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Sunday, February 14, 2010

Value of Batch validation?

One of the questions often asked of EDC systems is ‘Where is the batch validation’.  The question I would like to ask, is what is the value of Batch Validation versus Online Validation.

I should start by saying that I have a personal dislike of technology that works in a particular way – because that is the way it has always worked – rather than because a pressing requirement exists to make it work the way it does today.

Performance – Batch Validation generally dates back to the good old days of batch data processing.  With Clinical Data Management systems where the act of entering data, and the triggering of queries were not time critical, batch processing made sense.   The centralized Clinical Data Coordinators would double-enter the data rapidly, and at an appropriate point in time, the batch processing would be triggered, and the appropriate DCF’s lined up for review and distribution.

For EDC – things are different.   It is all about Cleaner Data Faster. So not data checking immediately after entry creates an inherent delay.   No site personnel want to be hit with a Query/DCF hours or even days after data was keyed if it could have been highlighted to them when they originally entered the data – and, presumably had the source data at hand.

A couple of CDM based tools provide both online edit checking, as well as offline batch validation.   The Batch validation elements come from the legacy days of paper CDM as per above.  The online checking is a subsequent add-on created due to the difficulty of efficiently parameterize and executing Batch validation checks per Subject eCRF.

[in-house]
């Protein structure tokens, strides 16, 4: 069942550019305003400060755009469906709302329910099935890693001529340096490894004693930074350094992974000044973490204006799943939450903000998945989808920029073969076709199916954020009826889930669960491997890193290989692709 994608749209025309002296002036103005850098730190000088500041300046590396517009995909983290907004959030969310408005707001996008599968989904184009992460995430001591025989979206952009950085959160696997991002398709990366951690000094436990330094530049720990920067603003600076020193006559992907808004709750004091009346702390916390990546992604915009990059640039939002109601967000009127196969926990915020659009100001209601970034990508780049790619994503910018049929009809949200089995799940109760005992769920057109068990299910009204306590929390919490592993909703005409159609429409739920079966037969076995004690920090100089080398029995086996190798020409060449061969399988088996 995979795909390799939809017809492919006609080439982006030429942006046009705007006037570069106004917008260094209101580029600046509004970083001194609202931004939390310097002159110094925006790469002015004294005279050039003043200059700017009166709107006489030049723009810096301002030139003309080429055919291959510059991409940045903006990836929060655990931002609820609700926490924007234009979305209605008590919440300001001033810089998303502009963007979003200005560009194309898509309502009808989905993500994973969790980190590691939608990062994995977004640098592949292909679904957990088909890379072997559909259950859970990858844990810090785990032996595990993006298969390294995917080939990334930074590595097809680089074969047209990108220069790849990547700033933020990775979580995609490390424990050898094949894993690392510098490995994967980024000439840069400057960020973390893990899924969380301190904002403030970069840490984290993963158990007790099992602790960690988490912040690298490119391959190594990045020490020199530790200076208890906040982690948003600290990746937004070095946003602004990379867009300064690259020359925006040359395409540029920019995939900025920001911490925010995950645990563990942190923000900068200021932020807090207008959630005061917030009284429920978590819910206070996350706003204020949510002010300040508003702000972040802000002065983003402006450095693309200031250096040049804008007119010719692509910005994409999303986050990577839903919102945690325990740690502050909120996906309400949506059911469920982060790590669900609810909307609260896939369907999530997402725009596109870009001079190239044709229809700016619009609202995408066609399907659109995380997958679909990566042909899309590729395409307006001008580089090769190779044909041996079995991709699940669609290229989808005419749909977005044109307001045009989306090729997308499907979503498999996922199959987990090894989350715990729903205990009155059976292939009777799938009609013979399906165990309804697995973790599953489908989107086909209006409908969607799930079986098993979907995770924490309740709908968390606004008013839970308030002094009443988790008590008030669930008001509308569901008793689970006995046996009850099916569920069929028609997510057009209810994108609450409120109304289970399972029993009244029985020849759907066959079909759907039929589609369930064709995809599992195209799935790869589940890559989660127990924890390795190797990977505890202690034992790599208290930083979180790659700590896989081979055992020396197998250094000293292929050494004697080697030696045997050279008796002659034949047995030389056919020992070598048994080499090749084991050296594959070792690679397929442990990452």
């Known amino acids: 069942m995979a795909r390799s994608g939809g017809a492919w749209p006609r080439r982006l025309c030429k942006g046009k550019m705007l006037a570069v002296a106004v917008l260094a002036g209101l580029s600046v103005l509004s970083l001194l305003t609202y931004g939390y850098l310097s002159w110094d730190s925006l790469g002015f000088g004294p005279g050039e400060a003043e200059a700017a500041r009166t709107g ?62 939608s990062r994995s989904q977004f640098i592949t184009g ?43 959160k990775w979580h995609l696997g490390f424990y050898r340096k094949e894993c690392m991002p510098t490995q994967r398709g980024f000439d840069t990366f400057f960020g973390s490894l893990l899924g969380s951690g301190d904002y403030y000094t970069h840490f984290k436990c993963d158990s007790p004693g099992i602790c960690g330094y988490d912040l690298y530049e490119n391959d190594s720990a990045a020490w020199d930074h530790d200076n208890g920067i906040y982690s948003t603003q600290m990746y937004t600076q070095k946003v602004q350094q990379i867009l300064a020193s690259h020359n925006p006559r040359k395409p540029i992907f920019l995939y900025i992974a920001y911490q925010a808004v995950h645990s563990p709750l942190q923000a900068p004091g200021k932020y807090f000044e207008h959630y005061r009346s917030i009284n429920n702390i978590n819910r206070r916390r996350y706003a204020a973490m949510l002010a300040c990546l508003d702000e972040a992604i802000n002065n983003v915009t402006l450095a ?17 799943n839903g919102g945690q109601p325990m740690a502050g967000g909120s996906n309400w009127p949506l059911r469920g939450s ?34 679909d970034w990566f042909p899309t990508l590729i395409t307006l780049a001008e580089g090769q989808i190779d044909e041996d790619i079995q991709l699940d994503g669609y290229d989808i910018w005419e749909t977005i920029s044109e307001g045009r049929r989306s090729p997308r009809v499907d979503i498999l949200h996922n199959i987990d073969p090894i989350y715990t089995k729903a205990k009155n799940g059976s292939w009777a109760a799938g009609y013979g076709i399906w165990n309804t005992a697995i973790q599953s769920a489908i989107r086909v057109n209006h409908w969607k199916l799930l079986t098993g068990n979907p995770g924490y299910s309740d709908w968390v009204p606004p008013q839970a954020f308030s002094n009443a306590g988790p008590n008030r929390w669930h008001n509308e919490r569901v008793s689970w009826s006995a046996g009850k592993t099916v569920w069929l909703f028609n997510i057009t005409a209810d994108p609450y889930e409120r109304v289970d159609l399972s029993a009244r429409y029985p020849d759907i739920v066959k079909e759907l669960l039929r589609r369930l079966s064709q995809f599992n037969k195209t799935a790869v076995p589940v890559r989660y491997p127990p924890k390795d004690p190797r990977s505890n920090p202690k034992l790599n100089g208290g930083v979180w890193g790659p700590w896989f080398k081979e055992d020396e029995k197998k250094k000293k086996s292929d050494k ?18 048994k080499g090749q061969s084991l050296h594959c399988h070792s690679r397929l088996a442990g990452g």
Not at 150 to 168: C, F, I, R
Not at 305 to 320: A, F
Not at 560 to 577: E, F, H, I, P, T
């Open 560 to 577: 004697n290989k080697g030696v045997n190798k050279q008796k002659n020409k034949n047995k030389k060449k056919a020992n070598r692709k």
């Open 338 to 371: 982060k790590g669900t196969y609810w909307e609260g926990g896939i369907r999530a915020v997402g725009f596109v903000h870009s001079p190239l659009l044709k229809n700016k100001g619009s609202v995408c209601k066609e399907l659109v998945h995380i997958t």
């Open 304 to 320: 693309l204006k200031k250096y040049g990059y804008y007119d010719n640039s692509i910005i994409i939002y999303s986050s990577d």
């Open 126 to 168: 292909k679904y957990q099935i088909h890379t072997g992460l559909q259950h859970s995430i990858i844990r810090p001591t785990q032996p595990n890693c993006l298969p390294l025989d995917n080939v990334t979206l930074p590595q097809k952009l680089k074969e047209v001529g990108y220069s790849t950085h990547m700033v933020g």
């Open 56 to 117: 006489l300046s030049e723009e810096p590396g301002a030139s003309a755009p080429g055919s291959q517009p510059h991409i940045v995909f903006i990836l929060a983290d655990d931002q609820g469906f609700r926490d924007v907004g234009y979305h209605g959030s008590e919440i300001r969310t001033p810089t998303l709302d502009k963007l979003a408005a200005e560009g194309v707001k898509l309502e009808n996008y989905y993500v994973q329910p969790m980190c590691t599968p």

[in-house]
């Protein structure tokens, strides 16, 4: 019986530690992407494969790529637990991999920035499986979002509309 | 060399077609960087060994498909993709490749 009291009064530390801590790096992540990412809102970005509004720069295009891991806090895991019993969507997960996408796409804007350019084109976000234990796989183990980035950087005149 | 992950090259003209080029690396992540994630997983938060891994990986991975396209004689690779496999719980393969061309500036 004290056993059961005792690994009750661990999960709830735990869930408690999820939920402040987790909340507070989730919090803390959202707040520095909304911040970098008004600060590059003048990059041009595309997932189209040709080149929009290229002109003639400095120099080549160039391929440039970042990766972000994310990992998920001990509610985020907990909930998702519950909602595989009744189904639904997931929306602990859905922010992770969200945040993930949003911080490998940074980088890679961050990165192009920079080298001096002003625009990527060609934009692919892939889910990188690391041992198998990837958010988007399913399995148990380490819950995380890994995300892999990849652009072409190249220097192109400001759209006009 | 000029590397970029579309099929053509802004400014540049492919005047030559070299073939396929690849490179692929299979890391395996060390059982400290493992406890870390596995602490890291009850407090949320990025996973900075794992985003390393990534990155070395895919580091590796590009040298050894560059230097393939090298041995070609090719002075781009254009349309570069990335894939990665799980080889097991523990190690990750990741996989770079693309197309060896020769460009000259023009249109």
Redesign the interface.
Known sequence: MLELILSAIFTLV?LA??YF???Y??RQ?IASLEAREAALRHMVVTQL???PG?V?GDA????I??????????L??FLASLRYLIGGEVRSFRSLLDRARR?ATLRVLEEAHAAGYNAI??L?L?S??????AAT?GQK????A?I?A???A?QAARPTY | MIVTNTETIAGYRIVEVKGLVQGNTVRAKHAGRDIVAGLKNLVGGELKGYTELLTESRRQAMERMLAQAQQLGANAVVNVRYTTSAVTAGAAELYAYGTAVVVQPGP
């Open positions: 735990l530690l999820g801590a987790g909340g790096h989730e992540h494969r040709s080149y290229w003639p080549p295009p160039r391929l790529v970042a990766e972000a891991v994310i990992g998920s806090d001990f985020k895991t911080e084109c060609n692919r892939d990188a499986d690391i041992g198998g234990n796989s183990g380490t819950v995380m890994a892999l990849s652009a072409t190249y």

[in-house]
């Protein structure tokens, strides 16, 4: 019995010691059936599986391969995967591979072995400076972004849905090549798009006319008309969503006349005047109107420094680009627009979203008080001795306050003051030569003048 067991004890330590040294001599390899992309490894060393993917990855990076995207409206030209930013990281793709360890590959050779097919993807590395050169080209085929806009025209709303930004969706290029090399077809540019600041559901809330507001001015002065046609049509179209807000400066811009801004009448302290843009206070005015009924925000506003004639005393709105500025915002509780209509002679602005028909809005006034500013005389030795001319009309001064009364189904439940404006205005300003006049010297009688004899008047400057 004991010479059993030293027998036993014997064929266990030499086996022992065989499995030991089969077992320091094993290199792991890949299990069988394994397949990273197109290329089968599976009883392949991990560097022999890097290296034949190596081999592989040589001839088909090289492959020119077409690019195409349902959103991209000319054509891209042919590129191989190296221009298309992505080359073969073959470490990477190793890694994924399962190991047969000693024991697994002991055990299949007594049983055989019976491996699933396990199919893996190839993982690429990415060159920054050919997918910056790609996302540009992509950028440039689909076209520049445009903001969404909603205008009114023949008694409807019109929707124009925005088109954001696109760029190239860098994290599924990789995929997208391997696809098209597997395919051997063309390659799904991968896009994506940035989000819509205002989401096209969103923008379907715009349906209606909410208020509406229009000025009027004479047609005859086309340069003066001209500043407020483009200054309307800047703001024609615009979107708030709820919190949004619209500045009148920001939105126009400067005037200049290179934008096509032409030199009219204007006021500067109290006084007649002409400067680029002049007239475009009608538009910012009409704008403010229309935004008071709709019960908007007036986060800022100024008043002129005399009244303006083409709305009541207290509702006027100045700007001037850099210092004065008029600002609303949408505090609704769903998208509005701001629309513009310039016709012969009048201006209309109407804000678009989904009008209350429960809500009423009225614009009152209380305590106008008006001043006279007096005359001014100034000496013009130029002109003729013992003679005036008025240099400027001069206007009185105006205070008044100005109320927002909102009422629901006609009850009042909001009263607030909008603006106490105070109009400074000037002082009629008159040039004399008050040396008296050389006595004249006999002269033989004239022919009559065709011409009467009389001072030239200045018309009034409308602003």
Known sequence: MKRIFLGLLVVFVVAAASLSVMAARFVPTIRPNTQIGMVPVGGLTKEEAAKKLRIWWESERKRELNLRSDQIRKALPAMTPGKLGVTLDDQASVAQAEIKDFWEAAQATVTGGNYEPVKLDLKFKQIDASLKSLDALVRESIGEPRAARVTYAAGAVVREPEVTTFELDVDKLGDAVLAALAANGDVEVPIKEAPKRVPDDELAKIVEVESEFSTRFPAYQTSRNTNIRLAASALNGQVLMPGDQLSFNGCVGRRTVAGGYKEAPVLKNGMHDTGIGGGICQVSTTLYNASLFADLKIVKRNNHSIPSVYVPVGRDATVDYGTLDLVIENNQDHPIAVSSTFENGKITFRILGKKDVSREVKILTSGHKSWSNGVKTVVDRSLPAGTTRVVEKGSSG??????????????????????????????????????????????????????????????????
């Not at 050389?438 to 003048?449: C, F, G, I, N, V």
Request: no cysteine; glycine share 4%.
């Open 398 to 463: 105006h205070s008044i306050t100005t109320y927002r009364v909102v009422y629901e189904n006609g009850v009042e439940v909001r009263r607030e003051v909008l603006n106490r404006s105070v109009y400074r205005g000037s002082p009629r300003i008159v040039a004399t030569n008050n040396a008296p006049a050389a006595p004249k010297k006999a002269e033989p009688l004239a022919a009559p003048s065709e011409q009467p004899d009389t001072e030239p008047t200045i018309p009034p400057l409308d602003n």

Lets have a look at a couple of other differentiators.

1). Online edit checking tends to run within the same transaction scope as the page – so, when a user sees the submited page – they are able to immediately see the results of the edit check execution.   This means the data submission and edit check execution for all checks must occur in less than a couple of seconds in order to be sufficiently responsive.  With Batch Validation, running across data can be more efficient, and user experience is not impacted – waiting for a page refresh.

I believe most leading EDC products have the performance aspects of real time edit check execution cracked. Networks are faster, computers are maybe 10 time faster than 4 years ago. I don’t believe that performance is an issue in a modern EDC system with properly designed edit checks.

2). Scope – Batch validation is able to read all data  within a subject regardless of visit. In addition, some are also capable of checking across patients.   EDC systems with online validation also generally manage to read all data for a subject, but do not permit reading across subjects. 

3). Capabilities – Most EDC systems edit checking mechanisms are application intelligent, rather than based on SQL or syntax that interprets down to SQL as with Batch Validation.   As a result, the syntaxes tend to more business aware. If you are having to write code – SQL or other syntax, then you have a demand to validate the code in a similar fashion to the vendors validation of the system itself.  Avoiding  coding in favor of a configuration / point and click tool makes the testing considerably easier with automation possible.